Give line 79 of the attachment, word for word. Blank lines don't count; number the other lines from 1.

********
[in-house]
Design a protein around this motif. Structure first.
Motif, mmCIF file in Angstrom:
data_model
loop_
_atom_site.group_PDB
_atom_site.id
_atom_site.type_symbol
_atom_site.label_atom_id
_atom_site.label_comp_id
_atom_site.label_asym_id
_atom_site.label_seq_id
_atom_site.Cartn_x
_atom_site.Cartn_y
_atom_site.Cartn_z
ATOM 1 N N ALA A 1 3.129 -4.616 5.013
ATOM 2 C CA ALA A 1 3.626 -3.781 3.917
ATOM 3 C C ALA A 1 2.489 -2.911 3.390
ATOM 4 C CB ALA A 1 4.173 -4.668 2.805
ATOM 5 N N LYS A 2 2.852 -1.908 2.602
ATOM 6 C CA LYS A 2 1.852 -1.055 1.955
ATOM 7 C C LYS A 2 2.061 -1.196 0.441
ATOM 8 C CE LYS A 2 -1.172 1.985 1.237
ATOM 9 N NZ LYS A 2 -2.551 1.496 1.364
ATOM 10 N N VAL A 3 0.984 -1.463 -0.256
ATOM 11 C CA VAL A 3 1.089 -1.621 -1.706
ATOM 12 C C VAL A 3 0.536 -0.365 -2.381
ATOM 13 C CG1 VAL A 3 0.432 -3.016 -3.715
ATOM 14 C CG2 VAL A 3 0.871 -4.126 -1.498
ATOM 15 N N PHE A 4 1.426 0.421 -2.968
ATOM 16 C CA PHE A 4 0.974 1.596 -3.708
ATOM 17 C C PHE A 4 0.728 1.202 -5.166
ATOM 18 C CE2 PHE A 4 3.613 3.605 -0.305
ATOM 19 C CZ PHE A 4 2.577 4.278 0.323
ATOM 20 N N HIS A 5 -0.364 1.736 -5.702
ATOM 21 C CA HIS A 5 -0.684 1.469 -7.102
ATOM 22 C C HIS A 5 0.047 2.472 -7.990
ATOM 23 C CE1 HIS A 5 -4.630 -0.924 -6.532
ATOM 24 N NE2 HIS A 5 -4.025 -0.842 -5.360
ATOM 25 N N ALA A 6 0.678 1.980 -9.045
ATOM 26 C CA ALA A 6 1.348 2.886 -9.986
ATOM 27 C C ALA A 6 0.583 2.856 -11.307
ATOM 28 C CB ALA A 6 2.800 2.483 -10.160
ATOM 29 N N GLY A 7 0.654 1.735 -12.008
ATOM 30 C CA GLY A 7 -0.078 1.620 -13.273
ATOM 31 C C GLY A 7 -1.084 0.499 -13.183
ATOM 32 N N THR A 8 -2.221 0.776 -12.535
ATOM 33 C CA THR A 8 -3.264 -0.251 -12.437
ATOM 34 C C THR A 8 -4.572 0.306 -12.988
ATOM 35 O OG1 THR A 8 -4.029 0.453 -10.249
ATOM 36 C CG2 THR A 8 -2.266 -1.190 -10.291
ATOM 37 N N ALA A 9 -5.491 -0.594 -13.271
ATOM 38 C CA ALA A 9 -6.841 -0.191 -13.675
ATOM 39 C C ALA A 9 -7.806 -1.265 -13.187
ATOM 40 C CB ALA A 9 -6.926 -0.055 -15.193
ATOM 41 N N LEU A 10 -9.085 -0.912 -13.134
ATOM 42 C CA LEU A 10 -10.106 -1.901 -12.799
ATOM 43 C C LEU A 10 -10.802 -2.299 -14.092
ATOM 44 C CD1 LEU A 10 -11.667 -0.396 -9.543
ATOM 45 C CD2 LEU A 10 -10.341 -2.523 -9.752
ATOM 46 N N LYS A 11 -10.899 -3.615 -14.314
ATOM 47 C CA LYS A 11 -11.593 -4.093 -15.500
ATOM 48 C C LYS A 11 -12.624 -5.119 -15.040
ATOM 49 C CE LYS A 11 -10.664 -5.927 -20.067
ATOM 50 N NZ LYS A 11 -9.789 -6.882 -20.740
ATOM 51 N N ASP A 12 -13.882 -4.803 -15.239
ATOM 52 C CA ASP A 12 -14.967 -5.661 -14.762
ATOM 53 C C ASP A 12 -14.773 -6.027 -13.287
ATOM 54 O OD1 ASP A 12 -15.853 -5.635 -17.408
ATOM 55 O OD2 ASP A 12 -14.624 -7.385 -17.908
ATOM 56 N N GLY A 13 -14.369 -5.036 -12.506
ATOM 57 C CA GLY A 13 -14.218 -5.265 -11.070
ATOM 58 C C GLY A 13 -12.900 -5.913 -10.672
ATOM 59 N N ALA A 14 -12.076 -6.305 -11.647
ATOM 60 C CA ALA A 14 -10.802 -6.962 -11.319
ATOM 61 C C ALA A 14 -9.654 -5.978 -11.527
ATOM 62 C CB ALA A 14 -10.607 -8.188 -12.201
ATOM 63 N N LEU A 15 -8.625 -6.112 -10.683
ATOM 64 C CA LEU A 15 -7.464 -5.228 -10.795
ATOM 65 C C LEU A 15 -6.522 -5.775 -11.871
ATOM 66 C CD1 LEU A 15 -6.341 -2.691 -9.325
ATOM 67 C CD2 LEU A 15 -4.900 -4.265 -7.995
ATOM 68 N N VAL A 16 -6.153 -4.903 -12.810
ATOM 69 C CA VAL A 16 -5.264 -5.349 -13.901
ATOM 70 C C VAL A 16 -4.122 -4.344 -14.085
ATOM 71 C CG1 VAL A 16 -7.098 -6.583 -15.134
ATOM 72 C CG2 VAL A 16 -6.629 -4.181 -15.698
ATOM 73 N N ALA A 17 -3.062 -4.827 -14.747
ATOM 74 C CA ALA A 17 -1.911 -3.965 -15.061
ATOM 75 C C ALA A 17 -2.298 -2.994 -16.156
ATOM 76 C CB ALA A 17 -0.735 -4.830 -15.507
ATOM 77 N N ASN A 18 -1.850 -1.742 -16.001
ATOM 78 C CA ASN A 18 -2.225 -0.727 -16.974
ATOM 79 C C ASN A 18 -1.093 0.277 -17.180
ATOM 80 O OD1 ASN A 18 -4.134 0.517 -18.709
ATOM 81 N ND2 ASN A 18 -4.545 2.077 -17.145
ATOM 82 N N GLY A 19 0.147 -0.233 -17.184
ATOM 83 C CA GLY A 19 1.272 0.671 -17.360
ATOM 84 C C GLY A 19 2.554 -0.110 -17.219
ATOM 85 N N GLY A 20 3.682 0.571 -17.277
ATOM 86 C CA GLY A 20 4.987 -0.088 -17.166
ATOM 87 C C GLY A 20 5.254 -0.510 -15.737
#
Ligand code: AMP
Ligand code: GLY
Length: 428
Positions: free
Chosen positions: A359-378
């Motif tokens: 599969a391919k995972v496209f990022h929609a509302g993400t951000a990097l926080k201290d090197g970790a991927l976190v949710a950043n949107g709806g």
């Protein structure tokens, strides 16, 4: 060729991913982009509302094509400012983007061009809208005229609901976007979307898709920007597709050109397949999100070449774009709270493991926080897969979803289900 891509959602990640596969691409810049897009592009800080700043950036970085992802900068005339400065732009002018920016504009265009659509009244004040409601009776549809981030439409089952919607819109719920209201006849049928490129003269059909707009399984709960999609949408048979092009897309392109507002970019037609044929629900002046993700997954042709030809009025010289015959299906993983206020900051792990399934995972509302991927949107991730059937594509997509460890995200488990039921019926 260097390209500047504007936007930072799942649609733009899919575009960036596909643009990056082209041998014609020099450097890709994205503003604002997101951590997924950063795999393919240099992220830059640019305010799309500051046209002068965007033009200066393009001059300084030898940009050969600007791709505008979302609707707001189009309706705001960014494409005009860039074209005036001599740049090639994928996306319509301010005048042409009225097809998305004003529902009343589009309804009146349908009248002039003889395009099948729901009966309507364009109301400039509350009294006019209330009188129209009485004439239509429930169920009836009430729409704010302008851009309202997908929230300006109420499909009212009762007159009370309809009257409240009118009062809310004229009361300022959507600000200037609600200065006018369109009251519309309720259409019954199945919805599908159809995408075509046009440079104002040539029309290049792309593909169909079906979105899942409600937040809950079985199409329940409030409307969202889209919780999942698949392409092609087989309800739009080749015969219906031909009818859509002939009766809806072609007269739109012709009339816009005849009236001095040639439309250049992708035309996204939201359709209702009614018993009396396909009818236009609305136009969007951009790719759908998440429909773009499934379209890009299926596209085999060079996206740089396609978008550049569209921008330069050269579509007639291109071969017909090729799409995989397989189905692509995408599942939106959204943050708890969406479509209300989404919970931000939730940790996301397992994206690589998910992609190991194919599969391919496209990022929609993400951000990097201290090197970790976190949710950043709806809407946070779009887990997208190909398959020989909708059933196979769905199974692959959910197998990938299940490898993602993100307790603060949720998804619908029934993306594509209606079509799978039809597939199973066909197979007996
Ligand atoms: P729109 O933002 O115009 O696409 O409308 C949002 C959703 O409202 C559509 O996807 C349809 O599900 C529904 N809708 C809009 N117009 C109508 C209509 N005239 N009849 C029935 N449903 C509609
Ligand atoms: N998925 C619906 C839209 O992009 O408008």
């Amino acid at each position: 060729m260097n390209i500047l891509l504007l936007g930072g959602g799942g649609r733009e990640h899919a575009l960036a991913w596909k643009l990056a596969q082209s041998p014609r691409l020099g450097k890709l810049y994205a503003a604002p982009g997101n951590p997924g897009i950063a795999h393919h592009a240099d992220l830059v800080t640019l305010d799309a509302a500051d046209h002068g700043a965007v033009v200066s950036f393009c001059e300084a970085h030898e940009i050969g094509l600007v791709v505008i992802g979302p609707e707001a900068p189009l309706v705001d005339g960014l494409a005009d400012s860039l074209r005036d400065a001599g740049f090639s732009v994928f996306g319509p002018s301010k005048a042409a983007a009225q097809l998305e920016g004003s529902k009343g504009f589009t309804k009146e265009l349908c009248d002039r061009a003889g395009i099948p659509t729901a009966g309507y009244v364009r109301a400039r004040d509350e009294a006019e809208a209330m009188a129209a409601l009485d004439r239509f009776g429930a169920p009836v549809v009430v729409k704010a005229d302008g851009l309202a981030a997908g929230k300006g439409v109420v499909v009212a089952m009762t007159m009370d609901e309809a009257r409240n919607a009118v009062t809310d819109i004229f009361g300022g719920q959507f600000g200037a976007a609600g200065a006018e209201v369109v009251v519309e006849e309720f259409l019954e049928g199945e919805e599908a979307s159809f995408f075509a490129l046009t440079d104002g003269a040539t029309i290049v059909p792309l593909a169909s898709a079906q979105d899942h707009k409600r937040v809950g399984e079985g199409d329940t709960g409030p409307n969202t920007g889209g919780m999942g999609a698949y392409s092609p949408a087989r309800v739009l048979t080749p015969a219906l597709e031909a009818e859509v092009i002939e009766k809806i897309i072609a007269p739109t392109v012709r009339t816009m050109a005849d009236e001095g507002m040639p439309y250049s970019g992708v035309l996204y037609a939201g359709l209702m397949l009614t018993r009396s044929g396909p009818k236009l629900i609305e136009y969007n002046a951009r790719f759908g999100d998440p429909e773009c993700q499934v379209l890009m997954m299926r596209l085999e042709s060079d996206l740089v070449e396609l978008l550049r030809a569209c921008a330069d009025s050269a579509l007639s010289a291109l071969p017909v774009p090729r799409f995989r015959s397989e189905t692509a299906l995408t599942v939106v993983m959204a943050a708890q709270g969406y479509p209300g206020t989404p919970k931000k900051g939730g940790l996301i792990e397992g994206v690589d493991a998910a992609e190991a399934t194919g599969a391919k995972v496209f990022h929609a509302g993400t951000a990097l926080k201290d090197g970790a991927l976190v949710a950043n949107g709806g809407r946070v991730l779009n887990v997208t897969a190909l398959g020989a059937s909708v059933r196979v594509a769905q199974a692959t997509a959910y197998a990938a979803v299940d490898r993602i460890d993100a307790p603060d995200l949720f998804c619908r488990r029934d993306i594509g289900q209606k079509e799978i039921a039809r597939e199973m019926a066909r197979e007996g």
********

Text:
ATOM 64 C CA LEU A 15 -7.464 -5.228 -10.795